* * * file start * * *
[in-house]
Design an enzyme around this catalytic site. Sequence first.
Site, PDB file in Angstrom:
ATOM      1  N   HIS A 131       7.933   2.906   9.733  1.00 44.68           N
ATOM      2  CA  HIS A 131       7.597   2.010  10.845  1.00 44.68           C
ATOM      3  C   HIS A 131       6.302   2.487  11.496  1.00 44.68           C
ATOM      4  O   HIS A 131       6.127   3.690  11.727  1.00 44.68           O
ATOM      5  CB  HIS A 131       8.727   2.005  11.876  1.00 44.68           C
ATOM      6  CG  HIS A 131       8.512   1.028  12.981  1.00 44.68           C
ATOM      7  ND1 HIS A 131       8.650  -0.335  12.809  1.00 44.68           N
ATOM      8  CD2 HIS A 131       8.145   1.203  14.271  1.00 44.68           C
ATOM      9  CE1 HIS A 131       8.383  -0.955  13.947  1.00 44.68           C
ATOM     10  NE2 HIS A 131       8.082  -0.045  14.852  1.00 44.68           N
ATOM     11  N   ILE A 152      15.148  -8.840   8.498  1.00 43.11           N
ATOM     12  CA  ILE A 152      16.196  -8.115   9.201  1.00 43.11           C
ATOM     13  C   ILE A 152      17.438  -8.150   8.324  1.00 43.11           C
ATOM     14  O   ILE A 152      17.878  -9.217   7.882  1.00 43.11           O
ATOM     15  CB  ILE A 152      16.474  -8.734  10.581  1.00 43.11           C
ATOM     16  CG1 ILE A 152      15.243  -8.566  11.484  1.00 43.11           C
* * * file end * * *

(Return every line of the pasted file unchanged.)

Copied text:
[in-house]
Design an enzyme around this catalytic site. Sequence first.
Site, PDB file in Angstrom:
ATOM      1  N   HIS A 131       7.933   2.906   9.733  1.00 44.68           N
ATOM      2  CA  HIS A 131       7.597   2.010  10.845  1.00 44.68           C
ATOM      3  C   HIS A 131       6.302   2.487  11.496  1.00 44.68           C
ATOM      4  O   HIS A 131       6.127   3.690  11.727  1.00 44.68           O
ATOM      5  CB  HIS A 131       8.727   2.005  11.876  1.00 44.68           C
ATOM      6  CG  HIS A 131       8.512   1.028  12.981  1.00 44.68           C
ATOM      7  ND1 HIS A 131       8.650  -0.335  12.809  1.00 44.68           N
ATOM      8  CD2 HIS A 131       8.145   1.203  14.271  1.00 44.68           C
ATOM      9  CE1 HIS A 131       8.383  -0.955  13.947  1.00 44.68           C
ATOM     10  NE2 HIS A 131       8.082  -0.045  14.852  1.00 44.68           N
ATOM     11  N   ILE A 152      15.148  -8.840   8.498  1.00 43.11           N
ATOM     12  CA  ILE A 152      16.196  -8.115   9.201  1.00 43.11           C
ATOM     13  C   ILE A 152      17.438  -8.150   8.324  1.00 43.11           C
ATOM     14  O   ILE A 152      17.878  -9.217   7.882  1.00 43.11           O
ATOM     15  CB  ILE A 152      16.474  -8.734  10.581  1.00 43.11           C
ATOM     16  CG1 ILE A 152      15.243  -8.566  11.484  1.00 43.11           C